Precisely what is the different between a pin lock and a ball keg? Let us have a quick look! All used cornelius kegs invested the first part of their life as a vessel for soda. Ball lock kegs had been produced by Pepsi and pin lock kegs had been produced by Coca Cola. This is typical practice until soft drinks focus in hand bags changed the lonely cornelius kegs. Therefore, with various used kegs at their removal, homebrewers were quick to discover this abundant resource and make use of it as essential.
The 2 significant distinctions among these two kinds of kegs is size and connection type. Ball lock kegs certainly are a little slimmer, but a bit taller where pin locks certainly are a small smaller, but just a little broader. Ball lock keg contacts use a diamond ring of ball bearings to safe contacts to keg posts while pin lock contacts use a “tongue and groove” type set up to secure contacts.
An additional difference is how every type of keg can be depressurized. Ball lock kegs include a quick launch device within the main lid in the keg while pin lock kegs has to be depressurized by pushing down the middle of the gasoline link keg post.
Both kinds of kegs have threaded quick contacts readily available to ensure that homebrewers can change effortlessly between pin lock and ball lock design kegs (even commercial kegs!). No matter which way you want to keg, you will still have the ability to match 5 gallons of dark beer inside a keg and it is a great deal simpler than bottling!
The storage containers we call Ball Lock and Pin Lock Kegs come from the soft drinks business. Also referred to as Cornelius Kegs, Corny Kegs and Corney Kegs, these were originally designed to shop and disperse soft drinks pre-blend. The large soda companies decided on various style containers for pre-mix. Pepsi landed around the Ball Lock style while Coke uses the Pin Lock style.
Initially, It’s vital that you comprehend both do the same with somewhat various and dimensions featuring. Note: All measurements on this page should be thought about approximate. You will find different types and producers of kegs. Their dimensions are typically about the same, however, many kegs and manufacturers differ somewhat. There are several dimensions of kegs available such as 2.5, 3, 5, 10 and 15 gallons. This article targets the frequently used 5 gallon size
Generally speaking… Each Ball Lock and Pin Lock design lids are similar measurement and they are exchangeable. You can make use of a Ball Lock Lid on the Pin Lock Keg and the other way round. A huge difference are definitely the PRV (pressure comfort device) features in between the two designs. Both have automatic safety PRV valves. Which is, when the pressure becomes too high, both will instantly vent for safety reasons. The main difference is in handbook PRV performance. Ball Lock Keg lids have a pull ring that allows you to personally vent the keg as you would like. You may wish to accomplish that just for removing the keg cover or vent extra pressure so as to get down to some lower stress. Having a handbook PRV valve is surely an advantage within my book and on this count Ball Lock Style kegs win. Again, these are generally general claims, check with the keg’s producer or supplier for specific keg cover dimensions and PRV performance. Note: There is certainly an additional less frequent dimensions of lid/keg called racetrack design. These usually are not interchangeable with standard lids.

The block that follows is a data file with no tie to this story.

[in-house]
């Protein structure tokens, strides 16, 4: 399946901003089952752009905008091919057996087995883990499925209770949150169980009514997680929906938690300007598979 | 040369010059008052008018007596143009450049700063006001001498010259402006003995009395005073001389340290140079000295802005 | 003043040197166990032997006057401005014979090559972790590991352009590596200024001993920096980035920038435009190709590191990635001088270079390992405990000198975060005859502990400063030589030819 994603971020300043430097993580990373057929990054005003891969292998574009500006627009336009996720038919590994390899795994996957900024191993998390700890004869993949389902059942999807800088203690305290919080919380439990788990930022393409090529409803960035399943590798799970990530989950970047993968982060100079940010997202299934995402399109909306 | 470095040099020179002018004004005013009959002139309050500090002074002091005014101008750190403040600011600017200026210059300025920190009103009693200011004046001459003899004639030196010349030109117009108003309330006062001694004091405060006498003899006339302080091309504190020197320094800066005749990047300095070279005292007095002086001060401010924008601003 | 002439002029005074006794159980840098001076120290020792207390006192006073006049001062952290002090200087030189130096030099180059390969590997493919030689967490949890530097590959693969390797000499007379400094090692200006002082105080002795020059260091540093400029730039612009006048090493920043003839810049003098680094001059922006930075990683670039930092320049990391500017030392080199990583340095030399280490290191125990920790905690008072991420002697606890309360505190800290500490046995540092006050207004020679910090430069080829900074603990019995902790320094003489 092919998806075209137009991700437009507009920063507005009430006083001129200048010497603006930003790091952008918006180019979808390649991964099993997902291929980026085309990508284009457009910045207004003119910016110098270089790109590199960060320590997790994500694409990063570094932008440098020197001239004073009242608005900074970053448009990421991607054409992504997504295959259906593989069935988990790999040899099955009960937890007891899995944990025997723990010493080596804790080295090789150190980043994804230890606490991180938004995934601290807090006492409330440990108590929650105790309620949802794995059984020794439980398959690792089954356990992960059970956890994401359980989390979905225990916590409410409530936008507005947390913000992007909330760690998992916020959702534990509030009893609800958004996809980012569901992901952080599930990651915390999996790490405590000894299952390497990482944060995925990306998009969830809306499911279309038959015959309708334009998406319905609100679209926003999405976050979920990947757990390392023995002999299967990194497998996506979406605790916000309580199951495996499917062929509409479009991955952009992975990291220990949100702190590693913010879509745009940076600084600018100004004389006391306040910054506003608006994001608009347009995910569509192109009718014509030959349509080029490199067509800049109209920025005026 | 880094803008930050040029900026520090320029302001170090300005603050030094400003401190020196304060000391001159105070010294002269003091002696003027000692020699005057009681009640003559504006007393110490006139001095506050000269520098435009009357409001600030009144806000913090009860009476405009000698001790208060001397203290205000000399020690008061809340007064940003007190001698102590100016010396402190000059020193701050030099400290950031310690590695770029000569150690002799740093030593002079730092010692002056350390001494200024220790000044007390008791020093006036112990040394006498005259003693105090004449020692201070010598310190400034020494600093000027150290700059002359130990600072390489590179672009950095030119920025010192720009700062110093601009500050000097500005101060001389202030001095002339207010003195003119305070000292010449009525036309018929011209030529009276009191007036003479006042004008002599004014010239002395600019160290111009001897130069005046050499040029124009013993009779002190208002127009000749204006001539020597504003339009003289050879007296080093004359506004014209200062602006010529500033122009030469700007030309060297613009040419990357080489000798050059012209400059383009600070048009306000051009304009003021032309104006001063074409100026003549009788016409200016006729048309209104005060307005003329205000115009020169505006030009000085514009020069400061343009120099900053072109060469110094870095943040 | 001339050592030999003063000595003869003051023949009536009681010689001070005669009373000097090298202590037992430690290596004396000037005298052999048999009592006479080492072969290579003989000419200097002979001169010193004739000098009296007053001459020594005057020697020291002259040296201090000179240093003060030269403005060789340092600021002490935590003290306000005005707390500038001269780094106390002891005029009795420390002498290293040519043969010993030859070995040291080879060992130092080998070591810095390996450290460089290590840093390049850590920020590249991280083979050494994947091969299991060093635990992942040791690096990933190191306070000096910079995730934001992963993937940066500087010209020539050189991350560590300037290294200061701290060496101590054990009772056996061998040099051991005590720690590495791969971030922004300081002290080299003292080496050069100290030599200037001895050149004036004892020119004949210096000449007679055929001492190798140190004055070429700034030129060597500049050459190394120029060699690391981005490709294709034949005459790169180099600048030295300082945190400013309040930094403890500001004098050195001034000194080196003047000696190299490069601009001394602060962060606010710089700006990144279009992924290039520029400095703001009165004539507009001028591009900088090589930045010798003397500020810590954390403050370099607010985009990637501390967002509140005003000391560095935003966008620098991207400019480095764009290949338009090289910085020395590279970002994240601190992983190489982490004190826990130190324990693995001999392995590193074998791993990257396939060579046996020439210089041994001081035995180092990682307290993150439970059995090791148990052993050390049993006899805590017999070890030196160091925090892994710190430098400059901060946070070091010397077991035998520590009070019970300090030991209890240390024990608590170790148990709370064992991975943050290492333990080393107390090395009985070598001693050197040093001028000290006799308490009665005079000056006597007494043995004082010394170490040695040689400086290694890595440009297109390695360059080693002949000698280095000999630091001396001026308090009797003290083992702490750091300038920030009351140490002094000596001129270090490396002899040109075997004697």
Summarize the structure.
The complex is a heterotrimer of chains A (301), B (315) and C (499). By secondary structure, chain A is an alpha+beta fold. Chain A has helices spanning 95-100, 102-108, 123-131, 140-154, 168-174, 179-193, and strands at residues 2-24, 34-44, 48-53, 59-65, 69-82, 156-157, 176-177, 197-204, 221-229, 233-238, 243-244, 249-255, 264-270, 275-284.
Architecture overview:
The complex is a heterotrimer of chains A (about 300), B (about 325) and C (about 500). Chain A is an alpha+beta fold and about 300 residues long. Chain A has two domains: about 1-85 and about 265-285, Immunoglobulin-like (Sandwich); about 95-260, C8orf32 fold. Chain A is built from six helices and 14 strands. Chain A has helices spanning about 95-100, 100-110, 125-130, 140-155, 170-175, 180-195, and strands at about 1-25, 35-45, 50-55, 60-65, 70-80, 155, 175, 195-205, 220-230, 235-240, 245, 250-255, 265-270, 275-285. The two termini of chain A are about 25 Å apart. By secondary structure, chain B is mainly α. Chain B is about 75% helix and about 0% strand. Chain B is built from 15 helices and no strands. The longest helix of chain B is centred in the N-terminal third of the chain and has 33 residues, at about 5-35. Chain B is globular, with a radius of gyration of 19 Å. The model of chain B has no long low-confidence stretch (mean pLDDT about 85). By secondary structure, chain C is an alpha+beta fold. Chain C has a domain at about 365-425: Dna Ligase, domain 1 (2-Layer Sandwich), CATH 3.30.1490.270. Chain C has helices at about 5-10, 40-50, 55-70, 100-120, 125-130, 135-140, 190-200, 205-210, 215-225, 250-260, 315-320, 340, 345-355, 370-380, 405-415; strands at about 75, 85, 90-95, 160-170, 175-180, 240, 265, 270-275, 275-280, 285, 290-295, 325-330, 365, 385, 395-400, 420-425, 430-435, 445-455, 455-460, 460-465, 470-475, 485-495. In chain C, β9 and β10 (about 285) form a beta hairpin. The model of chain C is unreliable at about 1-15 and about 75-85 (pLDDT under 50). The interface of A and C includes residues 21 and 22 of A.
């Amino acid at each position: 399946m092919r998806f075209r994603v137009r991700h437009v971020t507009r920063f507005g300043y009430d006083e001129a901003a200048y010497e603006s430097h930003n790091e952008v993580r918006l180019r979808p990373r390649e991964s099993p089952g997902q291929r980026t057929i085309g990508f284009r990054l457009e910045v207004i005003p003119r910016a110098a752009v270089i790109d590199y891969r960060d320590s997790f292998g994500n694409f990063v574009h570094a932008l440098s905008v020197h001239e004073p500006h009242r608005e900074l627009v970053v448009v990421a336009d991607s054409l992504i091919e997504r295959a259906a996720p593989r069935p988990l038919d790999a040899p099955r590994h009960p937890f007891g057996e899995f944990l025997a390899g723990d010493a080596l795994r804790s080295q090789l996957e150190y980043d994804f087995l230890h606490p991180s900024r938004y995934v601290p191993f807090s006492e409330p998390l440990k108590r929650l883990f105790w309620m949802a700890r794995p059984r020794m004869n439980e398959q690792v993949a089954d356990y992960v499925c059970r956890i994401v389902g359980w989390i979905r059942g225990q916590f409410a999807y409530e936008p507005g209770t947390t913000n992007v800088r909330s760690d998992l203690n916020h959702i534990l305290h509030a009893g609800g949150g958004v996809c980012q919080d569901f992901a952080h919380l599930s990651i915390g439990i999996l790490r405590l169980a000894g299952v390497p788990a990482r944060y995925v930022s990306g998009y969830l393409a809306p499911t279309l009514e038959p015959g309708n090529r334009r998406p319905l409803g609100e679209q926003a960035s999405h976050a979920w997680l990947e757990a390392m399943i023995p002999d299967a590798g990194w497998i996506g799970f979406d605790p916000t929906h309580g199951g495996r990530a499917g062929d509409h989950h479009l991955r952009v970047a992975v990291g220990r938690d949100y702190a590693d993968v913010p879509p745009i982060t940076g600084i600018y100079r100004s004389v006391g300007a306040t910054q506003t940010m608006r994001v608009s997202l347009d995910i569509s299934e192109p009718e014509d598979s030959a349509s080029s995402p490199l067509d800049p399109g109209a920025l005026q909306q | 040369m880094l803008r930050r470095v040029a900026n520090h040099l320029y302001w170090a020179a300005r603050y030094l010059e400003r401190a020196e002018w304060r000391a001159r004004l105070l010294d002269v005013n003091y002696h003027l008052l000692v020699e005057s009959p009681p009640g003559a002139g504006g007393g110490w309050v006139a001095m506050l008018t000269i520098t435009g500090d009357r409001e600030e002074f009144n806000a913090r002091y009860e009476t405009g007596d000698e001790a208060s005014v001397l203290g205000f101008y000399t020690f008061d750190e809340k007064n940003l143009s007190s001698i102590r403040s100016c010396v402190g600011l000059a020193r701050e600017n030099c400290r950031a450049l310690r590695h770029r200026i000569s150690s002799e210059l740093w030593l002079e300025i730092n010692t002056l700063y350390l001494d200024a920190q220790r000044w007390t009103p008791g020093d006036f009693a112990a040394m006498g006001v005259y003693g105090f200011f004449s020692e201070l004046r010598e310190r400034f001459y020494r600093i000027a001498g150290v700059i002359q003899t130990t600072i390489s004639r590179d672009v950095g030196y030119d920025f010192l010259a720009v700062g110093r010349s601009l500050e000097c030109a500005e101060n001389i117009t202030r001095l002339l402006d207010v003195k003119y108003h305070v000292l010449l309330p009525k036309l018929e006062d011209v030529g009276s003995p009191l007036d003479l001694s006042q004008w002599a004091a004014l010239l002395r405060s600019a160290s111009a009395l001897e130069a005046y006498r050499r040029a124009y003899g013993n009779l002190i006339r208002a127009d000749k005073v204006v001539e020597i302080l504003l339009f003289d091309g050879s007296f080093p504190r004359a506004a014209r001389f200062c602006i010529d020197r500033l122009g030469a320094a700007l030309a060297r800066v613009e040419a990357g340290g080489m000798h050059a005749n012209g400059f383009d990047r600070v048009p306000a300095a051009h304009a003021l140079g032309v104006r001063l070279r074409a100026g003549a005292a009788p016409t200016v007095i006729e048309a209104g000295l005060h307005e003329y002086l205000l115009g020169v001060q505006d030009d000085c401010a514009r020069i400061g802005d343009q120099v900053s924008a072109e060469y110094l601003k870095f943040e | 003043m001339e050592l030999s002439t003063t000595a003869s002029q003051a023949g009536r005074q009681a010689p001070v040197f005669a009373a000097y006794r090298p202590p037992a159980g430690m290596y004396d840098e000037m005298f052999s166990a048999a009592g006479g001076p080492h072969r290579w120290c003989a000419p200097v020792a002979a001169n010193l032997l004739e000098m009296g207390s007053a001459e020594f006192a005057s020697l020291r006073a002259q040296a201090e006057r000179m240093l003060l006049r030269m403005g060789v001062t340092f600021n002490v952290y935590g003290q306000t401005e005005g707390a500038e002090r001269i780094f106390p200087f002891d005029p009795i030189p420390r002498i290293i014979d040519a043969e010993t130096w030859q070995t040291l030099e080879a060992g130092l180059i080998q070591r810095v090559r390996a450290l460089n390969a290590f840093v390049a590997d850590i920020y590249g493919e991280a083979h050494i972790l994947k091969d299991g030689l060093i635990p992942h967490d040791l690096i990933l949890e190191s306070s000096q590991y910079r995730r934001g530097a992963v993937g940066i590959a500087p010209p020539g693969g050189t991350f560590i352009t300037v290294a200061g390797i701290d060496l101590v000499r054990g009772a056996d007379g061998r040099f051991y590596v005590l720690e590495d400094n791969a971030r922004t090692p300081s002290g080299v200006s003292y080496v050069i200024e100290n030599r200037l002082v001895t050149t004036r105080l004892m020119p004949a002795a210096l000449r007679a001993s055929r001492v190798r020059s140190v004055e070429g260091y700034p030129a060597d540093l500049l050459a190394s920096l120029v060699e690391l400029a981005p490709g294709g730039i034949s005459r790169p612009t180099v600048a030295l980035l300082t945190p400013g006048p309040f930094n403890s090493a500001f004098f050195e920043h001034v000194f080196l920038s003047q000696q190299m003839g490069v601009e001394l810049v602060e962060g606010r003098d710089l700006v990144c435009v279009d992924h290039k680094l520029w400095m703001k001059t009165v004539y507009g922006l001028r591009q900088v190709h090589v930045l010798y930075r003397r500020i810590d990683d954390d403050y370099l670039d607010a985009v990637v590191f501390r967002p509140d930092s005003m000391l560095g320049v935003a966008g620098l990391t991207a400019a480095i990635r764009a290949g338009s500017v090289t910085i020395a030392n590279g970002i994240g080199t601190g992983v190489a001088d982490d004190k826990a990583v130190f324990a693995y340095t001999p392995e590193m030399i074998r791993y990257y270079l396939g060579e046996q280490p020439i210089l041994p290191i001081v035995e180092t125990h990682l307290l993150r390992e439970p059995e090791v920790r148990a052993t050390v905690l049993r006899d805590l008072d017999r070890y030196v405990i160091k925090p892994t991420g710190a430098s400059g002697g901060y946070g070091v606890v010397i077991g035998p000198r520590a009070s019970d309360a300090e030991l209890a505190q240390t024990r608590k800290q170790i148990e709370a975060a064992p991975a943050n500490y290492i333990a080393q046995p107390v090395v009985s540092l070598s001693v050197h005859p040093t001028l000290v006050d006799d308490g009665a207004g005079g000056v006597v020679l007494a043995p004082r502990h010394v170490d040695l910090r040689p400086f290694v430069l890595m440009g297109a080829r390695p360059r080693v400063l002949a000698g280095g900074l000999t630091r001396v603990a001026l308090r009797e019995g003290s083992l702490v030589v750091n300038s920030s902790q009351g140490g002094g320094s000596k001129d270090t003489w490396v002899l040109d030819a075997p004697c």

Because standard Ball Lock and Pin Lock Covers are exchangeable. A great upgrade for Pin Lock kegs is always to change Pin Lock design lids with Ball Lock Design Lids. Ball Lock style lids are, in my view, exceptional since the manual PRV enables you to easily vent your keg when necessary.
Ball Lock: The two main main post dimensions for standard ball lock kegs. 11/16″ and 7/8″. These can can be found in both 6 point and 12 point, suitable variations. For your larger 7/8″ articles I’ve seen each 6 point and 12 napete designs. A 12 point plug will work on the 6 point post, although not vice versa. For the smaller 11/16″ articles I have only observed 6 point. Not to say that 12 point don’t exist, I just don’t recall seeing any. I actually have seen a couple of other sizes – 5/8″ and 9/16″, but I would personally think about these much more rare, and low-regular.
This is important from a device perspective. I would recommend a 12 point plug or wrench for larger 7/8″ posts. Smaller 11/16″ post ought to work with either 6 or 12 point tools. Pin Lock: I’m mindful of one regular size 13/16″. As previously mentioned this requires a unique notched plug.